by bone-marrow transplantation shortly after diagnosis. As a direct result of this work, ongoing clinical trials are evaluating how best to treat patients with activated B-like DLBCL.
Gene profiling is not restricted to diagnosis of cancer. This technology pro vides us with a unique opportunity to examine differences between any distinct populations of cells. One can compare which genes are expressed in common or differentially in a naive T cell and a memory T cell. What is the difference between a normal T cell and a T cell dy ing by apoptosis? Comparisons like these will be a rich source of insight into differences in cell populations. The key to using this valuable information will be the development of tools to analyze the vast quantities of data that can be obtained from this new approach.
GC B-Like DLBCL
Activated B-like DLBCL
Activated B-like H-h
2 4 6 8 10 Overall Survival (years)
Diffuse large B-cell lymphoma (DLBCL) is at least two distinct diseases. (a) Shown are differences in gene expression between samples taken from patients with either germinal center B-like DLBCL (left, orange) or activated B-like DLBCL (right, blue). Relative expression of the 100 genes (y axis) that discriminate most significantly between the two DLBCL types is depicted over a 16-fold range using the graded color scale at bottom. Note the strikingly different gene expression profiles of the two diseases. (b) Plot of overall DLBCL patient survival following chemotherapy. Gene expression profiles of tumor-biopsy samples allow the assignment of patients to the correct prognostic categories and may aid in the treatment of this complex disease. [Adapted from L. M. Staudt, 2002. Gene expression profiling oflymphoid malignancies. Annu. Rev. Med. 53:303-318.]
combinant DNA containing the gene to be cloned is propagated in E. coli cells. Genomic DNA can be cloned within a bacteriophage vector or a cosmid vector, both of which are propagated in E. coli. Even larger genomic DNA fragments can be cloned within bacteriophage P1 vectors, which can replicate in E. coli, or yeast artificial chromo somes, which can replicate in yeast cells. Polymerase chain reaction (PCR) is a convenient tool for amplifying small quantities of DNA.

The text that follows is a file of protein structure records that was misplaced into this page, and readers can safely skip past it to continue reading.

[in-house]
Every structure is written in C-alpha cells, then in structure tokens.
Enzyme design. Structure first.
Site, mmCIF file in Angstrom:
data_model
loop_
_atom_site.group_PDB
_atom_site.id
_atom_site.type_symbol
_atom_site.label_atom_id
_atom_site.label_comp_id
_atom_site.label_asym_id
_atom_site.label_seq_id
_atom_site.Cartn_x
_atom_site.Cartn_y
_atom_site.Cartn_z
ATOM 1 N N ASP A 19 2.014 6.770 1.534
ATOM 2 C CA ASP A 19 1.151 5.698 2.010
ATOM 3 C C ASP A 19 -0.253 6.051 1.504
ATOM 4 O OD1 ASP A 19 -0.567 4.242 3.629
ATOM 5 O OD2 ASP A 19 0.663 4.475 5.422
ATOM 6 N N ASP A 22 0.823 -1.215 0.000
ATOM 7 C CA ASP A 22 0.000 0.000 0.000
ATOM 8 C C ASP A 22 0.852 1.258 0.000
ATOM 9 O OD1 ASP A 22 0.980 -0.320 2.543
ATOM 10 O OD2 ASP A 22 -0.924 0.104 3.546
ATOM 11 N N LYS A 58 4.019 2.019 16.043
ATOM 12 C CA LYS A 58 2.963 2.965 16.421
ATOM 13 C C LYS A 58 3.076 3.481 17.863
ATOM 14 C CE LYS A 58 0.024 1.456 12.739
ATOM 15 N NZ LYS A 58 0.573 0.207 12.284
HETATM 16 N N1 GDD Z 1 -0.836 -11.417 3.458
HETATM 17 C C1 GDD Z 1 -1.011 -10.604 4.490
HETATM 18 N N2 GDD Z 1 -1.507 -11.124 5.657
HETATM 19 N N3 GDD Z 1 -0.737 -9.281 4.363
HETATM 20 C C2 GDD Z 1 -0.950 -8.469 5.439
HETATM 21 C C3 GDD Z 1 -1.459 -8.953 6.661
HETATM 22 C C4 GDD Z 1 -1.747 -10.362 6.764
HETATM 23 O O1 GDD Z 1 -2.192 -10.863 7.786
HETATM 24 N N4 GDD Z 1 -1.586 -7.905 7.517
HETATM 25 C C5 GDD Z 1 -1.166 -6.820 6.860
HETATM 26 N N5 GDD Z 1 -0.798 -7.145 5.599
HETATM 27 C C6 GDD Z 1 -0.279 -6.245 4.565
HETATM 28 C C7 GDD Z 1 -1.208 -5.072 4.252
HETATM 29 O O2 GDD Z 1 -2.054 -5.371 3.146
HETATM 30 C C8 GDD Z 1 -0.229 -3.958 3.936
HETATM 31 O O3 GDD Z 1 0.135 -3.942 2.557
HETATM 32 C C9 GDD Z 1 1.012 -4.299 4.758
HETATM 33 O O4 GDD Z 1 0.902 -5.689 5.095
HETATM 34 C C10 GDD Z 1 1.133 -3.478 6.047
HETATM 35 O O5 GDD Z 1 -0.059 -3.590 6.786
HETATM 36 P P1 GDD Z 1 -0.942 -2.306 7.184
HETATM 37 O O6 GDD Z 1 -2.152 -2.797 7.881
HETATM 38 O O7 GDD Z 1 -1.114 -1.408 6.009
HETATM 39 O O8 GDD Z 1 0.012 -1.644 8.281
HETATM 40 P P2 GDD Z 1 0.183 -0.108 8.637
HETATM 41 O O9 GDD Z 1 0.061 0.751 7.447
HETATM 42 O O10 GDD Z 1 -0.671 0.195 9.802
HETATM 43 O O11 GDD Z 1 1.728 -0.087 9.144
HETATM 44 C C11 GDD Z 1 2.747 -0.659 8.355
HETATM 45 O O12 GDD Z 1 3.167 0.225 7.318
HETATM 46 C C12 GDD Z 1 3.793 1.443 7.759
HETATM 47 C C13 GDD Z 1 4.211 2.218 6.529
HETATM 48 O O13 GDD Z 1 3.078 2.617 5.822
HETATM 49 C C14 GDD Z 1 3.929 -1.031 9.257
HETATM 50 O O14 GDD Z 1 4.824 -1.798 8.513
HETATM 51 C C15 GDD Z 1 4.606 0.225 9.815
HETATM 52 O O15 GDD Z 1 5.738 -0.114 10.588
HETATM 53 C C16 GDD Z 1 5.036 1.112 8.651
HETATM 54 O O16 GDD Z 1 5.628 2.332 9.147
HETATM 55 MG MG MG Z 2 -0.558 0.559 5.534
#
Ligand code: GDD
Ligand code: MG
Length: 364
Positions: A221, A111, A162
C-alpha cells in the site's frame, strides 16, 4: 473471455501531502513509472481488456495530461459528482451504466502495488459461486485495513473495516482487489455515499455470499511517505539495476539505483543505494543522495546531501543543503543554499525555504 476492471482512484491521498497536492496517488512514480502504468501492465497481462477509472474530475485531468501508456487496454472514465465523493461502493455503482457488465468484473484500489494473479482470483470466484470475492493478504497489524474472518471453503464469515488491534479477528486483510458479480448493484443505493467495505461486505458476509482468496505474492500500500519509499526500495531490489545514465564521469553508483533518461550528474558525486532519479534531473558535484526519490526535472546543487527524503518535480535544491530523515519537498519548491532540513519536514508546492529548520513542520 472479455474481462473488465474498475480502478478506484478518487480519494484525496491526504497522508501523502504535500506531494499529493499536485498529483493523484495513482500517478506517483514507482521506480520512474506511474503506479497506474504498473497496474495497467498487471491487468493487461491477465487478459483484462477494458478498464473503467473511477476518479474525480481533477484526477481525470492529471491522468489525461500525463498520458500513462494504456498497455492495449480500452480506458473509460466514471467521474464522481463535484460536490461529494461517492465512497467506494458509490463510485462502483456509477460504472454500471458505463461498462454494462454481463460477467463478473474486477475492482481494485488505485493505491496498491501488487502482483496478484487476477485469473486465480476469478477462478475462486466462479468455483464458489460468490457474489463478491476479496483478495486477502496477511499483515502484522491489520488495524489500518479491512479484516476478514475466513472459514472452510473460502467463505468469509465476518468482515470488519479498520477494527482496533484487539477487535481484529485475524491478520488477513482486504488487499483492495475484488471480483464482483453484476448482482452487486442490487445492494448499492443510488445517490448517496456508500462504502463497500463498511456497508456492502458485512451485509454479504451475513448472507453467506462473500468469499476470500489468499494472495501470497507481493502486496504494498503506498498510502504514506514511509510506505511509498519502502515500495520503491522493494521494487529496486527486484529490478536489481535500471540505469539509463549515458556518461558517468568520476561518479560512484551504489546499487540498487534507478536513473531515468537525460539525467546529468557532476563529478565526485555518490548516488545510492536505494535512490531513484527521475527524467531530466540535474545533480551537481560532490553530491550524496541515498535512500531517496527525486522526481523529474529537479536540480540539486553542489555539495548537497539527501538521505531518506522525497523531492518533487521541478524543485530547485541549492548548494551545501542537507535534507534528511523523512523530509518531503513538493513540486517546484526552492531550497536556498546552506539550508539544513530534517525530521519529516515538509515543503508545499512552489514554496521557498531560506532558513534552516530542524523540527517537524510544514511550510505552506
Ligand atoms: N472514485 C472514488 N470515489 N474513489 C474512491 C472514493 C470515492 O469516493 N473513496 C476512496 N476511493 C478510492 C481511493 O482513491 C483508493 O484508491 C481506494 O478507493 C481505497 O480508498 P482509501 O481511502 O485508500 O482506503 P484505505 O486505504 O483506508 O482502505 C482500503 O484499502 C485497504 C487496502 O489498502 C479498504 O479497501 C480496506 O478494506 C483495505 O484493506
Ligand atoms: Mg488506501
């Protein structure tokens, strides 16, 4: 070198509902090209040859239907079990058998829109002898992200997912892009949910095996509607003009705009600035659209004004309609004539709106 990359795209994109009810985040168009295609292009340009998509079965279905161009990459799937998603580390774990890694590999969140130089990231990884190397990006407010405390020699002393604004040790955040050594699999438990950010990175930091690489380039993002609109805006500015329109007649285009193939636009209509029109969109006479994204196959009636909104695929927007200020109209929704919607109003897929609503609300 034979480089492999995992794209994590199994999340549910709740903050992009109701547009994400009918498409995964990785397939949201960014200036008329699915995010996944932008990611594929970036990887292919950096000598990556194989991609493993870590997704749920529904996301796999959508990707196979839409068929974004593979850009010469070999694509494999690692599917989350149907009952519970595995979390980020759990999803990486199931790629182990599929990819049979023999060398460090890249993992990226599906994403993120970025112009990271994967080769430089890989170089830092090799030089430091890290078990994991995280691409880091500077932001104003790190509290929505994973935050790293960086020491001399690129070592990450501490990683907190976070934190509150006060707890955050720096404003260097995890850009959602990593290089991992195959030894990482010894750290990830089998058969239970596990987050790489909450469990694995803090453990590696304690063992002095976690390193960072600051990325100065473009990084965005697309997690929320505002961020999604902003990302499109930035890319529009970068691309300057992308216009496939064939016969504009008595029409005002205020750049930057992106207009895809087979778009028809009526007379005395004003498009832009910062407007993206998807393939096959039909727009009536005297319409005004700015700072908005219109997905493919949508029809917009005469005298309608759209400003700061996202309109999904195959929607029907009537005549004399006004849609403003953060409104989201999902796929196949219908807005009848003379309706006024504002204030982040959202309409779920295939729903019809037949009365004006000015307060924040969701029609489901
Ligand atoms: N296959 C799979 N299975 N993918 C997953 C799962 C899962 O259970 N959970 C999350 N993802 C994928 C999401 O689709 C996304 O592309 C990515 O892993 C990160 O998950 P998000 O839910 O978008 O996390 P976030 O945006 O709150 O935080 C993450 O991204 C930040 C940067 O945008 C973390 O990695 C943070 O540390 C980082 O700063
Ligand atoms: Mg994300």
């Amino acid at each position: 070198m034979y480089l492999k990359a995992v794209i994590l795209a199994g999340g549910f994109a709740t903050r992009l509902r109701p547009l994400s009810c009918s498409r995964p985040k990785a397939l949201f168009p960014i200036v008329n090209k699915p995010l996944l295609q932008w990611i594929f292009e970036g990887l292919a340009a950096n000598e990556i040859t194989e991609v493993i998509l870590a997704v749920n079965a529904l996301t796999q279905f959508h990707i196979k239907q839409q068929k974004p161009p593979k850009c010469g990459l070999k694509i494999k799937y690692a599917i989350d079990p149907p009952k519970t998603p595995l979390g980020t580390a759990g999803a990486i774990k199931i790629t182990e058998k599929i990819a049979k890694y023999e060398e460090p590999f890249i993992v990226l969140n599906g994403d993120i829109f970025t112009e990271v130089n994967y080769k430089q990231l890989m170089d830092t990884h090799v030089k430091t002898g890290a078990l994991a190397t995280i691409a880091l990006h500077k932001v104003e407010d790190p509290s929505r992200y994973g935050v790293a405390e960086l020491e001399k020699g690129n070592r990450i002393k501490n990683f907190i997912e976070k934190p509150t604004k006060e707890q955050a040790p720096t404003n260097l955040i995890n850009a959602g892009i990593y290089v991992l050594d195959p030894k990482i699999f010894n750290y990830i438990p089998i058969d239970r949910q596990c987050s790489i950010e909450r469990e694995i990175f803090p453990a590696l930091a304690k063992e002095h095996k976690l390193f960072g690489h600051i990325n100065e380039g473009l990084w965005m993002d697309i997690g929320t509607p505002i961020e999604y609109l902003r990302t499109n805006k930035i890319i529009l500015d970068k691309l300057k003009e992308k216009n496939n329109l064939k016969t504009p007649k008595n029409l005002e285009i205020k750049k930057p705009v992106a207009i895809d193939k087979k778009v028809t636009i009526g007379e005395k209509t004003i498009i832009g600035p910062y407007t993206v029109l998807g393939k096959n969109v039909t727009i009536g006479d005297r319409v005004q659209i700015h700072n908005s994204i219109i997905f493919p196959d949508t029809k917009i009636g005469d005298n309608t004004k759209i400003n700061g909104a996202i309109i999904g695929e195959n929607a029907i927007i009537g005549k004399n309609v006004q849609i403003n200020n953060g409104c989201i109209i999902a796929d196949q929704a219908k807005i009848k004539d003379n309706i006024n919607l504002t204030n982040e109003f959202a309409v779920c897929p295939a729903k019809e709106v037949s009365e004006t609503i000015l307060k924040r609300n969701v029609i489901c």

■ Transcription of genes is regulated by promoter and enhancer sequences; the activity of these sequences is controlled by DNA-binding proteins. Footprinting and gel-shift analysis can be used to identify DNA-binding proteins and their binding sites within the promoter or enhancer sequence. Promoter activity can be assessed by the CAT assay.
■ Cloned genes can be transfected (transferred) into cultured cells by several methods. Commonly, immune-system genes are transfected into cells that do not normally express the gene of interest. Cloned genes also can be incorporated into the germ-line cells of mouse embryos, yielding transgenic mice, which can transmit the incorporated transgene to their offspring. Expression of a chosen gene can then be studied in a living animal. Knockout mice are transgenics in which a particular target gene has been replaced by a nonfunctional form of the gene, so the gene product is not expressed. The Cre/lox system provides a mechanism that allows tissue-specific expression or deletion of a particular gene.
■ Microarrays are a powerful approach for the examination of tissue-specific gene expression and comparison of gene expression in different cells. It has already begun to revolutionize the study of gene regulation and gene expression.